Saturday, August 29, 2015

Using Twitter for Awesome

For many years, Twitter just didn't make any sense to me.  I understood how it worked at a technical level, but I didn't understand why anyone in the right mind would want to use it.  Over the years, I had a few levels of epiphanies, so I thought I would share for anyone who is still on the fence.

Twitter for learning who's out there and what ideas are taking off:
Back in college, I took a leave of absence with five friends to start an EdTech company.  One of the things that we really nailed that year was connecting to the pulse of the network of innovative teachers.  If you wanted to hear the latest applications of EdTech tools and see how new ideas about learning were being tried daily in classrooms, you needed to follow a handful of teachers on blogs and on Twitter.  We never mastered meaningful online engagement with the group, but we know what they were doing, thinking, and frustrated with.  We also were able to find them in person at a handful of awesome conferences.  As a lurker, it was important.

Twitter for local connections
In 2011, I graduated college and decided to become a teacher.  My school's innovation and tech director, @jenhegna, was really into Twitter.  She connected with all kinds of people in meaningful ways, but to me, the conversations felt too abstract and disconnected from the kind of work I was doing.  Within our district, she started using Twitter to share resources between our digital learning coaches, modeling community amongst a small group.  This helped a lot, and I started to use Twitter for this purpose, but it still seemed like an extra medium when I knew everyone's email addresses.

Twitter for connecting to teachers in your content area
Later that year, she brought us up to the TIES tech conference in Minneapolis and introduced me to @rutherfordcasey.  He welcomed me to a magical place I had never heard of: the MathTwitterBlogoSphere, or #MTBoS.  He showed me both a set of hashtags and introduced me (digitally) to the people that I needed to follow.  It was neat to have somebody tweet at me that I didn't know.  However, since I didn't have time to watch what everyone was saying on Twitter, and my timeline was so full, I never really know what to say or to whom to say it.  Occasionally when I did something that I thought was cool with my Stats class, I would tweet out at the hashtags, but nobody ever seemed to notice.  The biggest thing I got out of my connection to the #MTBoS world was awareness of a conference called "Twitter Math Camp" (TMC).

Twitter for following up with people you met once at a conference
Look back on some old posts to see my thoughts on TMC14 in Oklahoma.  I met some amazing people and made sure that the TMC15 dates for California were quickly in my calendar.  However, I had 12 months before I would be able to meet with these people again, and in the meantime, there were blogs and Twitter that I could use to connect.  For the rest of last summer, I was fairly active and kept up with a few discussions.  I found myself tweeting directly at people more often.  I implemented a number of ideas from other #MTBoS teachers during the following school year.

A few insights that made Twitter a lot more useful
After last school year started, I disappeared from the internet.  I hardly blogged until Christmas break and only occasionally tweeted.  During this summer at TMC15, I finally figured out that the #MTBoS community utilized their timeline far more than they followed hashtags.  I went through and cleared out the noise -- anyone that I followed that talked too much in vague, non-helpful ways was un-followed.  I also added many new friends who had great insights and ideas to share.  This simple process meant that I could open my general timeline anytime and find a great conversation to watch or engage.  Given the lack of great multi-hashtag-following apps (my opinion) like Tweetdeck in the browser, this also made Twitter on my phone a lot more useful.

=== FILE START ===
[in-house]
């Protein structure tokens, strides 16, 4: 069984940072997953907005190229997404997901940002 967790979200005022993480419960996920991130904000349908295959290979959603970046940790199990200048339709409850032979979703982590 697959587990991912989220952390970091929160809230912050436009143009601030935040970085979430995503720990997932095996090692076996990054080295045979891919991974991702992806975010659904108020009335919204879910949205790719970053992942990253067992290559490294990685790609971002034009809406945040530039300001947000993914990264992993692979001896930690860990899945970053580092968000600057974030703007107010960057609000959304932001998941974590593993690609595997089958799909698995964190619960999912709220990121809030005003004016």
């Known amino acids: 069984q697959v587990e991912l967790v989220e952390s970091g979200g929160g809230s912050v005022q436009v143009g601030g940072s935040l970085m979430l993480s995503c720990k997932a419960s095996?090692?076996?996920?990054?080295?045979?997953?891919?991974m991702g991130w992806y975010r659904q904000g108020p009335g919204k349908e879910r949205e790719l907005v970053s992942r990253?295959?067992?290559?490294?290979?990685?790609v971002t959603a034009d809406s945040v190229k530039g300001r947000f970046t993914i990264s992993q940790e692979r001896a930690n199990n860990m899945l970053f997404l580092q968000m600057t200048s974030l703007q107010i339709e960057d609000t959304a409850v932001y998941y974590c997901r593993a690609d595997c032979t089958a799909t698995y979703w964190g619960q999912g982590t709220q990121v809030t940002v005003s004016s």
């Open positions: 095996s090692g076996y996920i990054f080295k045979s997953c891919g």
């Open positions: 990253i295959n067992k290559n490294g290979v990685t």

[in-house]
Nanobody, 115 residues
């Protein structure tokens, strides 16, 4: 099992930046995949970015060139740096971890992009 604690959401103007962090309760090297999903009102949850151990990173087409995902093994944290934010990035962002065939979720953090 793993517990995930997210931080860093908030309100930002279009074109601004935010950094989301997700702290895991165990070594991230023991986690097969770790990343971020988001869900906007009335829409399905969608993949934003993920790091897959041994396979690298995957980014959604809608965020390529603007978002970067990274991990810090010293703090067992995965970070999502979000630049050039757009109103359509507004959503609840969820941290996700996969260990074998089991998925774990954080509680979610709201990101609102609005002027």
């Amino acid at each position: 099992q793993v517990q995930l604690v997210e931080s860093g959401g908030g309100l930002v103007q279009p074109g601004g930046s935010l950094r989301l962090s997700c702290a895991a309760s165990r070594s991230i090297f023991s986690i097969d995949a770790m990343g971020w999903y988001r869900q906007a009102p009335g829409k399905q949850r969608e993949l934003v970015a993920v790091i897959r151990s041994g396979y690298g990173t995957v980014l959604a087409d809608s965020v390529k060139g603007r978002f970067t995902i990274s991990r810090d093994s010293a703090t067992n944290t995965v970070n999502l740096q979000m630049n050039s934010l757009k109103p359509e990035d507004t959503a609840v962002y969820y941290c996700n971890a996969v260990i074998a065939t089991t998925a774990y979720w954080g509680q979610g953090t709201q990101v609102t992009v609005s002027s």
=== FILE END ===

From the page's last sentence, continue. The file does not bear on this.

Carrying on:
Another insight was Twitter etiquette: it is not rude to jump into someone else's conversation.  In fact, it almost seems encouraged!  I became more comfortable jumping in when I had something to share, leading to a few great chats with both people that I knew face to face and those whom I have never met.

My biggest insight: Twitter is a lot more useful when you need something that others have.  This summer, I was excited for our new Algebra 1 class.  As a result, all of my energy at TMC15 was focused here.  It turns out that there are a LOT of people who have taught Algebra 1, far more than non-AP, PBL Stats (where I previously tried to engage online), and there is no shortage of resources, ideas, and opinions out there.  After the conference, it was really easy to start conversations directed at some of the people I was working with to seek further advice.  These people either responded themselves or amplified the conversation so others could more easily jump in.

A victory story
One of the people who jumped into a discussion was @kathrynfreed.  Eventually, we were going back and forth for a few days with all kinds of awesome questions that significantly evolved my class and my thinking.  She was even nice enough to offer a lot of detailed feedback on a 8 page Google Doc with the basic course plan.  This is the epitome of Twitter facilitating what I consider a meaningful, awesome connection.

Closing thoughts:
The key to making Twitter useful starts with finding the community you want to engage with.  In my case, it was other math teachers.  Then you need to understand how that community works -- are blogs the main hub?  Is there a set of hashtags that everyone is watching?  Is there a tight-nit group that all follows each other and @-tweets at each other?  You also need to figure out why you are there.  The best case is when you are looking to learn something.  When you take someone's idea, try it in your classroom, and engage back with that person, now you have a relationship.  Eventually you may have something cool to share and there will be others ready to try it.  Sometimes, it only takes finding on person who shares a passion for some idea, class, or topic, and that is enough to get very meaningful results out of your time on Twitter.  I have a lot yet to learn, but after 8 years of having a Twitter account, I'm finally starting to get it.